NPWS completes four successful hazard reduction burns across Hunter Central Coast
NSW National Parks and Wildlife Service (NPWS) successfully completed four important hazard reduction burns in national parks across the Hunter Central Coast region this weekend.
NPWS Hunter Central Coast Director Kylie Yeend said in excess of 240 hectares of bushland close to towns, private properties and other important assets had been treated to provide protection against the risk of bushfire.
“The four hazard reduction burns were strategically planned and implemented to protect life and property in Seal Rocks, Fingal Bay, Sawyers Gully and Abermain ahead of this summer,” said Ms Yeend.
“We took advantage of the calm weather conditions over the weekend to get these important burns completed to protect these communities for the seasons ahead.
“With more than 50 National Parks and Wildlife Service staff on the ground over the weekend, working closely with the NSW Rural Fire Service, it was a big team effort to ensure each burn was completed safely and successfully.
“We’d really like to thank the communities close to these hazard reduction burns for their understanding and support.
“By their nature, hazard reduction burns release smoke into the air, and while we work closely with the NSW RFS to schedule hazard reduction burns so that smoke impacts are minimised, we appreciate that exposure to smoke can be difficult for some.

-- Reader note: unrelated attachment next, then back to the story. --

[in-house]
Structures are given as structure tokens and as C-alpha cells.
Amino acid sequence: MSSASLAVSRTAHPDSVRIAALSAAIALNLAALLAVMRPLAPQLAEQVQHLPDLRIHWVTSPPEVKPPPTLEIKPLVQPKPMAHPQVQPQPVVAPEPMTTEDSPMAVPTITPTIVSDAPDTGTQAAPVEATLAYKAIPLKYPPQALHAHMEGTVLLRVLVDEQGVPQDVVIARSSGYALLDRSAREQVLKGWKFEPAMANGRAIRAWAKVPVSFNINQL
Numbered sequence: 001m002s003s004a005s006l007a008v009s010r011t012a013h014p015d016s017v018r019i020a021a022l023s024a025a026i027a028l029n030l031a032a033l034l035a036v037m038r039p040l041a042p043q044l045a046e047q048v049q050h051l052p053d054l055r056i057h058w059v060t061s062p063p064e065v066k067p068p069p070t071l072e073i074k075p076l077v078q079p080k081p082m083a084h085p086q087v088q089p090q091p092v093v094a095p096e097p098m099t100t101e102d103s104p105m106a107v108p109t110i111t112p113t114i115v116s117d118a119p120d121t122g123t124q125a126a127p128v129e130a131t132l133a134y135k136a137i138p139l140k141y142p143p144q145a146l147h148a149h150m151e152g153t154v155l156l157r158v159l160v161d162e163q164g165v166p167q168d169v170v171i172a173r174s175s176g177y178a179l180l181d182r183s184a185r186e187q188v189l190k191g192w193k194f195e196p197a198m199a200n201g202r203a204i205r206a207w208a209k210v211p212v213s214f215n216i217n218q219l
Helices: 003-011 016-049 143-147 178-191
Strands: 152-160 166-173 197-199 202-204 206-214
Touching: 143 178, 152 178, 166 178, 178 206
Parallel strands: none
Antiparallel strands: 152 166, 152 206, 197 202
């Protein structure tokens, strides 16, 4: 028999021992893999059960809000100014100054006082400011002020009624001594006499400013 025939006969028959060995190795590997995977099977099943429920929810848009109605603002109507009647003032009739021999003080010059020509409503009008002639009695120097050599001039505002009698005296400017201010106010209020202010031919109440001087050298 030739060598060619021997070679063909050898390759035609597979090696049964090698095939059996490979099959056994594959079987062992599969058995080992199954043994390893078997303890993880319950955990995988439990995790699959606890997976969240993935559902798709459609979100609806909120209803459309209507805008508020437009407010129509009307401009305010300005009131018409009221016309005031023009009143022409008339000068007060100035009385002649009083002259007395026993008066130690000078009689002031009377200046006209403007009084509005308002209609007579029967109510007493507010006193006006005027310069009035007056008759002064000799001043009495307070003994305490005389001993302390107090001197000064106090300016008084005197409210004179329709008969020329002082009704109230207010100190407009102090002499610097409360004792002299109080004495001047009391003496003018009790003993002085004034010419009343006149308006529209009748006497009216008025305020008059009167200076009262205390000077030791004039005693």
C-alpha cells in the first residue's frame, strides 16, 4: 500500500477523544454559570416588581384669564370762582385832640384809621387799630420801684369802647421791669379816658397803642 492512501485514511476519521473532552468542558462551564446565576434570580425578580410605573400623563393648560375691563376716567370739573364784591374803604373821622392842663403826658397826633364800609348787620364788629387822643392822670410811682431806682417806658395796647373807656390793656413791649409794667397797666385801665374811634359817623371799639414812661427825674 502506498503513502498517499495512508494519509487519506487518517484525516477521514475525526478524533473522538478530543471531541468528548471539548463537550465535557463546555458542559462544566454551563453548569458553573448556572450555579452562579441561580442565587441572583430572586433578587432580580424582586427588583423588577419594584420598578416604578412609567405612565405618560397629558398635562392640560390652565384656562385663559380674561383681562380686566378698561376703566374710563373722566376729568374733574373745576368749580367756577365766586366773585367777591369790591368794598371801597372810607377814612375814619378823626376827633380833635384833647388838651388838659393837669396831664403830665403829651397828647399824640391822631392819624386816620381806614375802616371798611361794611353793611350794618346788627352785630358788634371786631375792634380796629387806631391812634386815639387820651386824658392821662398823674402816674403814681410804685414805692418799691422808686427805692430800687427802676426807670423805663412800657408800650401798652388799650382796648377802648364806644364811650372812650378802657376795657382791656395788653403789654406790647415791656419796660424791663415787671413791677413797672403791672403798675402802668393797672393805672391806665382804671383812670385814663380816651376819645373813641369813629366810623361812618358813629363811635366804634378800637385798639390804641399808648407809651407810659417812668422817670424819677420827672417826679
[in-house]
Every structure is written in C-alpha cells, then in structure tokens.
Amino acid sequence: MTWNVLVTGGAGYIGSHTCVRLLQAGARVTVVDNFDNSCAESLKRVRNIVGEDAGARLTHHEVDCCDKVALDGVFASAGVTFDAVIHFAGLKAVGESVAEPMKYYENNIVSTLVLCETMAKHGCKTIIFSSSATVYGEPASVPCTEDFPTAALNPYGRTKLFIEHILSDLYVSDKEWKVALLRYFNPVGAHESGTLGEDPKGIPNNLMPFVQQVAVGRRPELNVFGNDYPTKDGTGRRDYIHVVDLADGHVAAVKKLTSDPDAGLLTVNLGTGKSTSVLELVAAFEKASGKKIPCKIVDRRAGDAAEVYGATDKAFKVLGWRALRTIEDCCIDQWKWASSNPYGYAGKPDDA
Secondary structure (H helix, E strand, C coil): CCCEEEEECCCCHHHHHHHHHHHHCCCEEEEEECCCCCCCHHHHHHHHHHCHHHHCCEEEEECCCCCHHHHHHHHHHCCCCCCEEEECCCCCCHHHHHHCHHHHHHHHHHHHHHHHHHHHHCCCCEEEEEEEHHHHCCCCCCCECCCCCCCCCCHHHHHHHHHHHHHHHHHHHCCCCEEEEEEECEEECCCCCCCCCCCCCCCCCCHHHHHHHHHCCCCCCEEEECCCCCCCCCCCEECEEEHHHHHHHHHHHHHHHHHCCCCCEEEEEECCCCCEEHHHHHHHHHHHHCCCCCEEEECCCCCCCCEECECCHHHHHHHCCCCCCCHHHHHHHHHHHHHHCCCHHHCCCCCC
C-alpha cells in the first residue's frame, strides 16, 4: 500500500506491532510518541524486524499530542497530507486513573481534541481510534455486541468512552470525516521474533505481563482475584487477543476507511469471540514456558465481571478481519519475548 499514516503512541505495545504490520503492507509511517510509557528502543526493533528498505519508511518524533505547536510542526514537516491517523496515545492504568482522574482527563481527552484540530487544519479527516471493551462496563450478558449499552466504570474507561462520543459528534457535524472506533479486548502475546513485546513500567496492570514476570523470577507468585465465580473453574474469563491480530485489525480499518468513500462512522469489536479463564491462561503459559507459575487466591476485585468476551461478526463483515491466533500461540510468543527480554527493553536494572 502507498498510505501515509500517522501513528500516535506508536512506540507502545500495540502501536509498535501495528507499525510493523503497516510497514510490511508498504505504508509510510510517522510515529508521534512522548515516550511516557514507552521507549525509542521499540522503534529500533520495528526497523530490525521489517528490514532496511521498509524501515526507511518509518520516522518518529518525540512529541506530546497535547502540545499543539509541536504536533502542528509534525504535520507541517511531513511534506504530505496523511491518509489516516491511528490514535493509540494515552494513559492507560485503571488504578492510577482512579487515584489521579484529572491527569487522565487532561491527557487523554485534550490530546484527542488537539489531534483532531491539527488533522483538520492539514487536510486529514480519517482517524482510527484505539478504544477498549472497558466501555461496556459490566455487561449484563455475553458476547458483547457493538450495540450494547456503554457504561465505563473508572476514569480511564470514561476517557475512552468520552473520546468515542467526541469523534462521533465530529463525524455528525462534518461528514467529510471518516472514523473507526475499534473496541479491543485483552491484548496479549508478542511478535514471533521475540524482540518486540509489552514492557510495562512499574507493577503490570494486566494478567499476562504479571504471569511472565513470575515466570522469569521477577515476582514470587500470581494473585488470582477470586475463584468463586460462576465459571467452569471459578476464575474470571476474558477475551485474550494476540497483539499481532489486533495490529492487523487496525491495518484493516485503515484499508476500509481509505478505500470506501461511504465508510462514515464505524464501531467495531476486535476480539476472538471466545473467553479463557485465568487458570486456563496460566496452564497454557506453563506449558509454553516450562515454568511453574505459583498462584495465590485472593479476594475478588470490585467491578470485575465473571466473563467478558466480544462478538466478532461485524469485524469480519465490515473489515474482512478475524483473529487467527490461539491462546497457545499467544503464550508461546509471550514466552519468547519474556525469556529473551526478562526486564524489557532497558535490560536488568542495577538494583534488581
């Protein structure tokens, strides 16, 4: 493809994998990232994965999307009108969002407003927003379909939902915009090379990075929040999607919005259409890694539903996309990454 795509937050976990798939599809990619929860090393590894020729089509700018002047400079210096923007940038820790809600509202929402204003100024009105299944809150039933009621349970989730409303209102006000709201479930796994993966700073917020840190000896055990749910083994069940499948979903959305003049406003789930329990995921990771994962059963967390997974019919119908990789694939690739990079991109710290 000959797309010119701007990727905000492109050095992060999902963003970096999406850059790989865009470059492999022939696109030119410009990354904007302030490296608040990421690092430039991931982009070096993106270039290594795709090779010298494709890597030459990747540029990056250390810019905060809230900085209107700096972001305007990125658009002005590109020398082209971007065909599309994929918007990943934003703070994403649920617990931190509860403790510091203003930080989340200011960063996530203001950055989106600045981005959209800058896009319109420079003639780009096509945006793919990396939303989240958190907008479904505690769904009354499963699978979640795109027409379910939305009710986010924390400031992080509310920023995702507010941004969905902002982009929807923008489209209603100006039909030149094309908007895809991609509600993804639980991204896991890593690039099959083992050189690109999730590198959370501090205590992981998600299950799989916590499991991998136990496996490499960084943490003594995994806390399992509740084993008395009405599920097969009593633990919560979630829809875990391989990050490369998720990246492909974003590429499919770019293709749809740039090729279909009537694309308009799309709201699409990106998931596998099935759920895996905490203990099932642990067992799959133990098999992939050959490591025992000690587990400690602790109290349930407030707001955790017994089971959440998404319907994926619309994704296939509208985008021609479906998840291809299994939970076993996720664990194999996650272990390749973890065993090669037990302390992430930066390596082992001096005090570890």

“We thank you for your understanding and cooperation as we work to deliver these essential burns,” said Ms Yeend.
The NPWS hazard reduction program for 2020 is focussed on essential burns to protect park neighbours, assets or significant habitat to ensure ongoing recovery of the wildlife impacted by the summer bushfires.
All burns across NSW will continue to be coordinated with the RFS to ensure the impact on the community, including from smoke, are assessed at a regional level.
Details on specific burns will be made available in advance on the Rural Fire Service website, ‘Fires Near Me’ app, and on NPWS Alerts website.
All hazard reduction burns over 50 hectares will be assessed by the NSW RFS in conjunction with NSW Health as required to ensure smoke impacts are minimised.
For health information relating to smoke from bush fires and hazard reduction burning, visit NSW Health or the Asthma Foundation.For up to date information on these, and other, planned hazard reduction activities, visit the Rural Fire Service.